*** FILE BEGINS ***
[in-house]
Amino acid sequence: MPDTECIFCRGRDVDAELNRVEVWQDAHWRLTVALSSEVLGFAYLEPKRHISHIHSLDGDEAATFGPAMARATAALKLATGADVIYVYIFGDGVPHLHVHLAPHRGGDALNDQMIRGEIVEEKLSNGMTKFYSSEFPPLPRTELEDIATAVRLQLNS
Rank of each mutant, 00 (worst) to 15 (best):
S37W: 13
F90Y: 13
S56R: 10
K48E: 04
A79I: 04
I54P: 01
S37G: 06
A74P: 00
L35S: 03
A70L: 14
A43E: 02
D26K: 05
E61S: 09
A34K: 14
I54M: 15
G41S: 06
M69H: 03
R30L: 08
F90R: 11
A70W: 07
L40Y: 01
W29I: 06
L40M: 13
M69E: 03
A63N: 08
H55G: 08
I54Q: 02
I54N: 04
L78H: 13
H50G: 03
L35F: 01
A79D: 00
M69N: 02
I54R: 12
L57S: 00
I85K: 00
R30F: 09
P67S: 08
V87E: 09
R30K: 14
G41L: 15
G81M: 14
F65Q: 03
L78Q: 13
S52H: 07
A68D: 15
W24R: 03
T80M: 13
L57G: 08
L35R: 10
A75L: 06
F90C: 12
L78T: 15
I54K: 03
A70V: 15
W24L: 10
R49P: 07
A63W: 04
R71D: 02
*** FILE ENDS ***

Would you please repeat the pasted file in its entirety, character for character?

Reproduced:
[in-house]
Amino acid sequence: MPDTECIFCRGRDVDAELNRVEVWQDAHWRLTVALSSEVLGFAYLEPKRHISHIHSLDGDEAATFGPAMARATAALKLATGADVIYVYIFGDGVPHLHVHLAPHRGGDALNDQMIRGEIVEEKLSNGMTKFYSSEFPPLPRTELEDIATAVRLQLNS
Rank of each mutant, 00 (worst) to 15 (best):
S37W: 13
F90Y: 13
S56R: 10
K48E: 04
A79I: 04
I54P: 01
S37G: 06
A74P: 00
L35S: 03
A70L: 14
A43E: 02
D26K: 05
E61S: 09
A34K: 14
I54M: 15
G41S: 06
M69H: 03
R30L: 08
F90R: 11
A70W: 07
L40Y: 01
W29I: 06
L40M: 13
M69E: 03
A63N: 08
H55G: 08
I54Q: 02
I54N: 04
L78H: 13
H50G: 03
L35F: 01
A79D: 00
M69N: 02
I54R: 12
L57S: 00
I85K: 00
R30F: 09
P67S: 08
V87E: 09
R30K: 14
G41L: 15
G81M: 14
F65Q: 03
L78Q: 13
S52H: 07
A68D: 15
W24R: 03
T80M: 13
L57G: 08
L35R: 10
A75L: 06
F90C: 12
L78T: 15
I54K: 03
A70V: 15
W24L: 10
R49P: 07
A63W: 04
R71D: 02